Did you make a backup of the file you deleted? If so, try putting back the backup.
I cannot explain why it doesn't understand the CONCAT function anymore, but i guess it's because the procedure-mechanism got corrupt.

Can you still use CONCAT in normal queries? For example:

SELECT CONCAT('from now on ', 'i will only use queries') AS promise;

Jacques posted 6 years ago

siMKin wrote:

Jacques wrote: So I found the procedure in mysql.proc and deleted it.


:shock: you physically deleted it?? :shock:


You should never, ever, delete/modify mysql files (except for things like .ini files). Only make modifications using mysql commands. In this case, you should've used:

DROP PROCEDURE seqInsert;



No I used HeidiSQL to delete it (which
I assume would use SQL commands?) but I'll try to remember that in future, thanks.

wrote:
Can you still use CONCAT in normal queries? For example:

SELECT CONCAT('from now on ', 'i will only use queries') AS promise;



No.
Don't panic, it's only a "scratch" database I'm messing with.

Thanks for your help so far.

siMKin posted 6 years ago

Jacques wrote:
No I used HeidiSQL to delete it (which
I assume would use SQL commands?) but I'll try to remember that in future, thanks.



Hmmm...i have a hard time picturing what you did .... what you are saying is that somehow you deleted this mysql.proc file with Heidi? how did you do that?

wrote:
No.
Don't panic, it's only a "scratch" database I'm messing with.

Thanks for your help so far.



Well, that's a good thing :)

I still don't quite understand what exactly happened though, so i'm not sure what to advise you to repair whatever is broken now.
But if CONCAT is not working, even outside stored procedures, then there seems to be a very serious problem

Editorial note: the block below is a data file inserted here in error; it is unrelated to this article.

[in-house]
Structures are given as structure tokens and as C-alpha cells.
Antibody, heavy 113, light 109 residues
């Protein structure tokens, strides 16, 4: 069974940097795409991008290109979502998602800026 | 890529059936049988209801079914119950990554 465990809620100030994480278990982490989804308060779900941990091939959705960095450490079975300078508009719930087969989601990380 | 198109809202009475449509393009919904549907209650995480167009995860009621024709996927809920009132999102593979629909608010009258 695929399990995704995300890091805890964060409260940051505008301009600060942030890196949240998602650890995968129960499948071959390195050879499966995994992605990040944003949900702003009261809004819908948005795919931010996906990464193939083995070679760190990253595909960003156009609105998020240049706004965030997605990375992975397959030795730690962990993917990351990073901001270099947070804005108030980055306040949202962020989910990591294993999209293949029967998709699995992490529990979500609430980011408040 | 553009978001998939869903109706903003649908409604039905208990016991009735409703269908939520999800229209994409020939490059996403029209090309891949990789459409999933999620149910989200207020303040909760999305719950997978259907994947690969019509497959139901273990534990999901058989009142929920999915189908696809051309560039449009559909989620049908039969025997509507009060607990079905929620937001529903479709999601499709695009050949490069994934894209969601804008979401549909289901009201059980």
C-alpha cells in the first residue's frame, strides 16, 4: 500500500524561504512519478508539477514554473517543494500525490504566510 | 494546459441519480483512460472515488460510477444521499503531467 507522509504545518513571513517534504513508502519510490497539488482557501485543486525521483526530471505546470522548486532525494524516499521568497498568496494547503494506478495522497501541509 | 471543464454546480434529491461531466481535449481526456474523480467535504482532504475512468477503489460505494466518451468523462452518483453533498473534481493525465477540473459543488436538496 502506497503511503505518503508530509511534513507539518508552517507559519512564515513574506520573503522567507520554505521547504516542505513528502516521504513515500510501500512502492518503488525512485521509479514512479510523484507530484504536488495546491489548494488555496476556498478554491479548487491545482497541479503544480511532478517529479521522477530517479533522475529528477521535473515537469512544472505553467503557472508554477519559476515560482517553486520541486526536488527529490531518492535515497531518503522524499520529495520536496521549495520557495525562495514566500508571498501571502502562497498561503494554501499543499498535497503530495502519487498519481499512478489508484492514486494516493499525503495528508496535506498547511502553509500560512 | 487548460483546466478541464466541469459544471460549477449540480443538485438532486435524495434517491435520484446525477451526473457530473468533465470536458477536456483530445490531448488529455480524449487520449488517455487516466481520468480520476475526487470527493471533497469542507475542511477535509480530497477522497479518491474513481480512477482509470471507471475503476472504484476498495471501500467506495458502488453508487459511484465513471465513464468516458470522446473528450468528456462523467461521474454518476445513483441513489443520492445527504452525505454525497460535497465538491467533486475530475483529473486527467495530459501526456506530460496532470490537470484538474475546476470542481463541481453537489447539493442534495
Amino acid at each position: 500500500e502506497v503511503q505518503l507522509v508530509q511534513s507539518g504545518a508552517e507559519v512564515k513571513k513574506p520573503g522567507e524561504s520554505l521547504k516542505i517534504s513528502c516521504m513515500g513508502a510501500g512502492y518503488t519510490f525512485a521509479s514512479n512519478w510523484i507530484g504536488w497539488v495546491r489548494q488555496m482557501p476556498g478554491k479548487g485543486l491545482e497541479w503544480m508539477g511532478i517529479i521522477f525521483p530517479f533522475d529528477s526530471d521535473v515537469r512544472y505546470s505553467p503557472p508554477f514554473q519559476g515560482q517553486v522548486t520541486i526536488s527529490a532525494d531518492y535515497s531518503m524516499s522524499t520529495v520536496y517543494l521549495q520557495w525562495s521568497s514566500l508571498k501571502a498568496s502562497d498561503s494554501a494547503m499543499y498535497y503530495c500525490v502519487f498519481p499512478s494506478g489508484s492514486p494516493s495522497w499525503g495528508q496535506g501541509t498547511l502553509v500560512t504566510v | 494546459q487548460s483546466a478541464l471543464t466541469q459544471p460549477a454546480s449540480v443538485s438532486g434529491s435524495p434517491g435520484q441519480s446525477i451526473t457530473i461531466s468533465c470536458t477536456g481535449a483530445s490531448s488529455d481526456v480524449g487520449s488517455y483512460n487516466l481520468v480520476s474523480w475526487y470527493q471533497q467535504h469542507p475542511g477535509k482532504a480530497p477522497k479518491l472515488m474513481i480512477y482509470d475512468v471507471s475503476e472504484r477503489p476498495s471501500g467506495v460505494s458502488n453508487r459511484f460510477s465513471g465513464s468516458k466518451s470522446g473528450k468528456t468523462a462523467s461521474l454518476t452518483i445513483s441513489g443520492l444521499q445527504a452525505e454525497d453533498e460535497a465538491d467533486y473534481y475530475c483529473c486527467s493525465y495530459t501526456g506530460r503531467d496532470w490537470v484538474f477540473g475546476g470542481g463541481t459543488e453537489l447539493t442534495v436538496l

Jacques posted 6 years ago

siMKin wrote:

Jacques wrote:
No I used HeidiSQL to delete it (which
I assume would use SQL commands?) but I'll try to remember that in future, thanks.



Hmmm...i have a hard time picturing what you did .... what you are saying is that somehow you deleted this mysql.proc file with Heidi? how did you do that?



What I did was
expand the mysql database in the tree on the left,
click on the proc table and then
delete the record called seqInsert

I don't know why this would cause a problem.

To fix the mysterious "CONCAT" problem I reinstalled a clean database.
siMKin posted 6 years ago
aahhhh....ok

you are probably logged in as root

it's better to create a user for the database you want to work with and then log in with those credentials. especially if you don't know exactly what you're doing. as root you can do - as you found out - too much damage.

the mysql database is a special database ....it's where mysql stores all kinds of stuff that it needs in various tables. you shouldn't manually modify this data, because things might get corrupt otherwise (which is probably what happened).

If you want to have a look at how a procedure is saved you should look in the ROUTINES table in the information_schema database.

BUT, best is still just a query. In this case:
SHOW CREATE PROCEDURE procedure_name;